My practice as an educator is predicated on the ability to facilitate acts of experimentation. I teach to re-wire conditions, to flex and meld the thought processes and actions of each student. The proximity of the student community in a studio arts course allows me to have a direct impact and to witness new developments up close and personal. Learning is an action, it is embodied as well as mental, and a classroom based around "doing" is one where the students' shape their own methods and gain knowledge through constant exploration.

Studio arts discourse is changing rapidly and understanding how to navigate these transformations with forward thinking production techniques and emerging research methodologies can liberate the work-flow of the studio environment. As an interdisciplinary artist, I am inspired by a vast set of channels for making work which lie beyond the boundaries of media obsolescence. For me, teaching in a new media arts program takes on aspects of media archaeology which investigate the historical trends of technologically enhanced knowledge systems and digital media economies. I attempt to approach, construct with, and share technology non-hierarchically. For me, to say that all media is old media is also to exclaim that all media is ripe with potential discovery, regardless of how antiquated it appears to be.

Creatively exploring and scrutinizing various media genres, platforms and technologies through an artist's lens requires an experimental praxis and I imagine the collaborative studio environment as an artist-run sensory laboratory. Media art labs are sites where materials and aesthetics of technical concepts are developed transversely to their standard applications. What perceptual affordances are brought to the table through the artist's perspective? What questions do art students discern that offer an alternative approach to critical thinking and how does the artist's concerns influence other models of research inquiry? Much like more traditional scientific and technical lab spaces, the collaborative art studio is a place of knowledge production or what I like to call experience production. In this regard, I train student researchers to take up the task of hacking into and critiquing the programmatic structures of various technologies, the black box apparatus, the pre-built materials of our culture.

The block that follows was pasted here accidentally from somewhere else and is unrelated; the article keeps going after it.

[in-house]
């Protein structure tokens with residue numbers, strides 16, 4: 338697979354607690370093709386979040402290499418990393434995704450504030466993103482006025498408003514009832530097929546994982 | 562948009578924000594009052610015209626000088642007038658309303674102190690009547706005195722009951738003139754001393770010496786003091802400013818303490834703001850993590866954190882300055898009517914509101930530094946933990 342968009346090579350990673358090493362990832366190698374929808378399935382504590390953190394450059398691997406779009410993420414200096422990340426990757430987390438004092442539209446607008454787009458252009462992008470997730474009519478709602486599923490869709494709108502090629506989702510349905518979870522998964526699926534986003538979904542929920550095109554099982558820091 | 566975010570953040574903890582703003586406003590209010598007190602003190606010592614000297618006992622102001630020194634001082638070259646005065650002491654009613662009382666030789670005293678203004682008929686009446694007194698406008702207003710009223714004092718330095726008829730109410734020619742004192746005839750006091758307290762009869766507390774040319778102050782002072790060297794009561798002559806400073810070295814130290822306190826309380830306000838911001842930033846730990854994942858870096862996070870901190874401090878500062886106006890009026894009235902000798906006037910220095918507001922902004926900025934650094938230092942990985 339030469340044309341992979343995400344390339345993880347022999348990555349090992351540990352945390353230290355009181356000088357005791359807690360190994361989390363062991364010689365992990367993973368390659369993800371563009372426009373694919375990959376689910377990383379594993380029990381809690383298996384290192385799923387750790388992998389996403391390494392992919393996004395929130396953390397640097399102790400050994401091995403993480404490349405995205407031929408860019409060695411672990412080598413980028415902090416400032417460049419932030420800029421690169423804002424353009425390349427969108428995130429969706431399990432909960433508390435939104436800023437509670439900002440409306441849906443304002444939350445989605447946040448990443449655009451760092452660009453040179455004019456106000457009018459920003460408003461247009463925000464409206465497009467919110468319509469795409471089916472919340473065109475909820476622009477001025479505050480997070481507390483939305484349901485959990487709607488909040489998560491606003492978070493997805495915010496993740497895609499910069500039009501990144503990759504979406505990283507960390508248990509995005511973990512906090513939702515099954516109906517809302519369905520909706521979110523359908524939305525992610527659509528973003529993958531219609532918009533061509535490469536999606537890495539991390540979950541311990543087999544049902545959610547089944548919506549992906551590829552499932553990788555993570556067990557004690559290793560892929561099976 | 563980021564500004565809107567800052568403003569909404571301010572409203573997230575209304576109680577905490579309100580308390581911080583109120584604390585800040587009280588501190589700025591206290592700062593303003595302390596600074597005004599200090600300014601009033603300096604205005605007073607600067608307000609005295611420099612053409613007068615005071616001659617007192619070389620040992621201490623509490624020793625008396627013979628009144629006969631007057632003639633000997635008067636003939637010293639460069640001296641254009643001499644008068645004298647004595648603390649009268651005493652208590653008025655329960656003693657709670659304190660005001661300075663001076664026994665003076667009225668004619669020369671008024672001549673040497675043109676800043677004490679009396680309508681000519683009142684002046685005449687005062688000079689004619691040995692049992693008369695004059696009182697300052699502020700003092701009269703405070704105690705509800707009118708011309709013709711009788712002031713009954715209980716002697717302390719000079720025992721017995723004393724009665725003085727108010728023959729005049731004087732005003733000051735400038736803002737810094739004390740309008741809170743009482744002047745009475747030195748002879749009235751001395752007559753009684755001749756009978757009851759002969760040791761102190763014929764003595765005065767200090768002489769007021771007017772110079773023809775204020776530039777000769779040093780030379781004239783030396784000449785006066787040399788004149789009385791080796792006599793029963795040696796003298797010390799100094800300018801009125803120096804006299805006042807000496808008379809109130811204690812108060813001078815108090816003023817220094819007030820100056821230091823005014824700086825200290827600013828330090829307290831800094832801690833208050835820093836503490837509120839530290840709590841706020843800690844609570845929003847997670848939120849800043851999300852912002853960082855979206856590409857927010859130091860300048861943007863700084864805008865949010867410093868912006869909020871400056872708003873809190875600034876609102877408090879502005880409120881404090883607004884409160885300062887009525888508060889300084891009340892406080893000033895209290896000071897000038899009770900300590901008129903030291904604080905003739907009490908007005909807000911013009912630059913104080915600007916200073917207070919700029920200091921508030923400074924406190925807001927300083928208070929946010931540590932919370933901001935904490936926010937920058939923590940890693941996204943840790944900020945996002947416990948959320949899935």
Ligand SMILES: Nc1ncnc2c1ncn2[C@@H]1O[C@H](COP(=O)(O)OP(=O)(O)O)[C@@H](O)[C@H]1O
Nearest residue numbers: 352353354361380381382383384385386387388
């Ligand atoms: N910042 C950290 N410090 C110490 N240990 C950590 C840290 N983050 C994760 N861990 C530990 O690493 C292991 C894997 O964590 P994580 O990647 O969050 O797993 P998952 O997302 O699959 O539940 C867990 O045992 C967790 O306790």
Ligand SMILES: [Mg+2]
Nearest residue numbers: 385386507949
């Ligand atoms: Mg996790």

I borrow my concept of practicing media archaeology as an analytical tool rather than the collecting of "dead media" from media theorist Wolfgang Ernst. Such a method presents aspects of technology that would otherwise escape the discourse of cultural history. The analysis required slips past mass-media concerns and initiates alternative modes of knowledge creation. In many ways, the art student is an ideal candidate for "doing" media archaeology. In order for this situation to catalyze interesting results, I have found that introducing an array of tools which excite students must simultaneously contrast fundamental skill sets with a vantage point of where a tool's limits, holes, and surfaces conceal the socially complicated and problematic structures that abound. No technology is neutral nor is it everlasting. In fact, given the speed with which media technology becomes obsolescent, we can say that all new media is destined for its rapidly achieved archaeological context.

Given the above, teaching technology presents a host of challenges. Today’s platforms offer production possibilities that could quickly consume instruction time, dispersing efforts to weave in content or contemporary trends in the arts. Additionally, students arrive with vastly divergent levels of familiarity and confidence to work with various production tools. Finally, the aforementioned technological obsolescence is paced in a manner that students risk graduating with already outdated skills geared toward software that many might find difficult to purchase. Identifying oneself as a "media artist" is the equivalent of saying "I am under constant revision" and will continually reinvent my practice. Under these circumstances, I encourage skepticism of software/ hardware, emphasize the core knowledge that establishes a diversity of platforms, and teach students enough that they can continue to self-train after they graduate.